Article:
The commenter expressed concern that a shutdown requirement upon any observation of Hector´s dolphins at any distance, including upon acoustic detection, is warranted. As described above, based on the best available information, NMFS agrees this measure is warranted, and has incorporated these requirements in the IHA. See the section on Mitigation and the section on Revisions to the IHA That Have Occurred Since the Proposed IHA, below, for details.

In summary, we have determined the mitigation measures contained in the IHA ensure the least practicable impact on marine mammal species potentially affected.

Comment 17: A member of the general public expressed that L-DEO should employ alternative research technologies, including Vibroseis and AquaVib, rather than airguns to perform the planned marine geophysical surveys.

NMFS Response: At this point in time, the alternative technologies identified by the commenter are not commercially viable or appropriate to meet the needs of the planned surveys. With respect to Vibroseis, there is no commercially available marine vibrator system that can be used for the planned surveys. The AquaVib is a modified version of a land seismic vibrator system that is capable of being placed in very shallow water (i.e., a few meters) and in transition zone environments (i.e., marshes, etc.); however the AquaVib would not be suitable for L-DEO's planned surveys. As suggested by the commenter, NMFS has requested the National Science Foundation to continue to review and consider alternative technologies to support future marine geophysical research.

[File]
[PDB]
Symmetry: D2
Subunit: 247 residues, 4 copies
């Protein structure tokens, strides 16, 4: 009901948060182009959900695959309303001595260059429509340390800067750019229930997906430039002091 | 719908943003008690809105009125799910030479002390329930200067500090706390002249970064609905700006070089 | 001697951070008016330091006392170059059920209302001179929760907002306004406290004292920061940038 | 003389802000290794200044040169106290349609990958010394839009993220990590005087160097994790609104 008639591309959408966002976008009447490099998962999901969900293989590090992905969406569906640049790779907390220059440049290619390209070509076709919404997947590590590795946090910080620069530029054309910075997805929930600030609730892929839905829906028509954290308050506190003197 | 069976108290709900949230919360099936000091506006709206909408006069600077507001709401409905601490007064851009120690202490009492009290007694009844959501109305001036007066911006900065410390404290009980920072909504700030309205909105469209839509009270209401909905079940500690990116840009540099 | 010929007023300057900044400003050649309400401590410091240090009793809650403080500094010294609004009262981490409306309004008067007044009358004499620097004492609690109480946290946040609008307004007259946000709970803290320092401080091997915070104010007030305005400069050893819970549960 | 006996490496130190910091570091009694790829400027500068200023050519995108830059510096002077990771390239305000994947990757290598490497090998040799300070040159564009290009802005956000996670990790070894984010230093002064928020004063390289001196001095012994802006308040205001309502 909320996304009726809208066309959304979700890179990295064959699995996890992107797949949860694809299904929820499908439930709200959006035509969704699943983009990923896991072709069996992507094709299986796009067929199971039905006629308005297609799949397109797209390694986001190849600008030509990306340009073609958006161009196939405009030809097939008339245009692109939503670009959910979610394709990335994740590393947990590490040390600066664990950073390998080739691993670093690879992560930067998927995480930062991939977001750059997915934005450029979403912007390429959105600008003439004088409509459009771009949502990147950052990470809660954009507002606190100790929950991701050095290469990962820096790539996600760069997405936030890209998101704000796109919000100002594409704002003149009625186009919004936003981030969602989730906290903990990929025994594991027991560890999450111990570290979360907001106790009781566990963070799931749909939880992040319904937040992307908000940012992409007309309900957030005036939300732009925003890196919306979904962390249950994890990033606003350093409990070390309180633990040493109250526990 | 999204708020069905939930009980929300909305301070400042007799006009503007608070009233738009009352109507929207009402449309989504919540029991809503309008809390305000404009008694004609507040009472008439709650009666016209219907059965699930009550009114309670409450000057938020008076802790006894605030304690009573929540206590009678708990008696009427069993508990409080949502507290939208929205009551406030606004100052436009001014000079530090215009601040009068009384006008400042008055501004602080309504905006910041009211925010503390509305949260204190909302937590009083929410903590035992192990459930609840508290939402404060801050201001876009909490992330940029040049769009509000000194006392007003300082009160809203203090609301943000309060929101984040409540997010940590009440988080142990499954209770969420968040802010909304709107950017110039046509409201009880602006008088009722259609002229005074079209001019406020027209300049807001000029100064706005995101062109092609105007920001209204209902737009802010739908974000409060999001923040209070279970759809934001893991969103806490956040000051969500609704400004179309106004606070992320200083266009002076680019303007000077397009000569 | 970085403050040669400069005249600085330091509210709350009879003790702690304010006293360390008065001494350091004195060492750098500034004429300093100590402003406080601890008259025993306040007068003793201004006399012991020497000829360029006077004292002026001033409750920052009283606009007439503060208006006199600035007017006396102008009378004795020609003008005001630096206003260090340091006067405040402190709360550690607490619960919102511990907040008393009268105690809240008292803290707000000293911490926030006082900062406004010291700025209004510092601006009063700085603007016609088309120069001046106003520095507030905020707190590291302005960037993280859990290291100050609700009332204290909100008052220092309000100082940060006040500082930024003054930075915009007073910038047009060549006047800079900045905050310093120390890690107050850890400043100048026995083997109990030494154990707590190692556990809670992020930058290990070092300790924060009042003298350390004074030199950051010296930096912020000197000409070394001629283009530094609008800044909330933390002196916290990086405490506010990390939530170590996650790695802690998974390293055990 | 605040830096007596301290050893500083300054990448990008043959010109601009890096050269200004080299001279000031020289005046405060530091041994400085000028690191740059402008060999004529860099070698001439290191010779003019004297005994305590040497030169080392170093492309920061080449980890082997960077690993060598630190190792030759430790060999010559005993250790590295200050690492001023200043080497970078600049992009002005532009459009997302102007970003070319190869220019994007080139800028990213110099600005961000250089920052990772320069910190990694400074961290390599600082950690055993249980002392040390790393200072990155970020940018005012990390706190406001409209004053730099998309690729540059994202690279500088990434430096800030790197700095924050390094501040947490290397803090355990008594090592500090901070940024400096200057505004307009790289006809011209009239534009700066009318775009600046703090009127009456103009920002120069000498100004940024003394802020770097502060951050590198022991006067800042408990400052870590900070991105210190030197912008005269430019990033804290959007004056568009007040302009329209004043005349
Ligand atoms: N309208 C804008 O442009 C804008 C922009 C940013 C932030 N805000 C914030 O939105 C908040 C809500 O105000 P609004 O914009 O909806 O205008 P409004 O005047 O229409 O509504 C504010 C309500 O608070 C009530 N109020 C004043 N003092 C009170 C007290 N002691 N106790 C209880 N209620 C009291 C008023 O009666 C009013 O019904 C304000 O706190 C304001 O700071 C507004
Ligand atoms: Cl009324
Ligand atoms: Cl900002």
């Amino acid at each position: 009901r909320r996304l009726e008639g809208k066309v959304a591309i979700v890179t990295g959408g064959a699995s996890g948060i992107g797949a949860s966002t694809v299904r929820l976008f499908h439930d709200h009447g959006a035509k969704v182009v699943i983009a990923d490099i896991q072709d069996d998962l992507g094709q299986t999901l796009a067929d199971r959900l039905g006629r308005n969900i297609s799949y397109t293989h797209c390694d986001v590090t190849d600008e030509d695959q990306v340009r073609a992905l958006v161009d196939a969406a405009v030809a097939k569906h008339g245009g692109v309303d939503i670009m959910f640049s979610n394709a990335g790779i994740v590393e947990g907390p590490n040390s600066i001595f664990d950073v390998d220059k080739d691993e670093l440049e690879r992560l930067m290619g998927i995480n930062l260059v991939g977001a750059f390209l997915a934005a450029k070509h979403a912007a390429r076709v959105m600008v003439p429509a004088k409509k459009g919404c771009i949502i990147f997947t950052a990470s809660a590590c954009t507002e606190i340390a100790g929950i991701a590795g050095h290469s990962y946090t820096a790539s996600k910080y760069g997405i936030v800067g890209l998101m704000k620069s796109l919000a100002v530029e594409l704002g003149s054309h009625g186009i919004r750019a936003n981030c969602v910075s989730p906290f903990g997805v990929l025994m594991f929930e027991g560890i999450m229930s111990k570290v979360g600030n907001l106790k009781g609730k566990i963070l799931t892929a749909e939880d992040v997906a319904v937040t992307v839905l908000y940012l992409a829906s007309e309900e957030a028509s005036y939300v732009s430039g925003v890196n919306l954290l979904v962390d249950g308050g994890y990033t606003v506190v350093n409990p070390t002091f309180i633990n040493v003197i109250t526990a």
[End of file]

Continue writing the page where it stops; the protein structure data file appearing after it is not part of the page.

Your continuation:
Comment 18: A member of the general public stated that L-DEO should agree to pay for any necropsies of marine mammals that strand around the entire coastline of New Zealand during and after the survey.

NMFS Response: NMFS does not anticipate that the survey will result in strandings of marine mammals. We also do not have the authority to require applicants to fund marine mammal necropsies. However, should any stranded animals be observed during the surveys, we have included reporting measures to ensure L-DEO promptly notifies NMFS and the NZDOC (see the section on Reporting, below).

In addition to the comments above, NMFS received comments from the MSROC and an additional comment from the general public. The comment letter from the MSROC affirmed that there is significant support from the MSROC for the IHA to be issued for the proposed surveys and for the surveys to be conducted. A private citizen expressed concern that animals should not be harmed in the process of surveying or studying them. NMFS considered this comment, however, it did not contain any substantive information regarding the potential for the proposed surveys to harm marine mammals.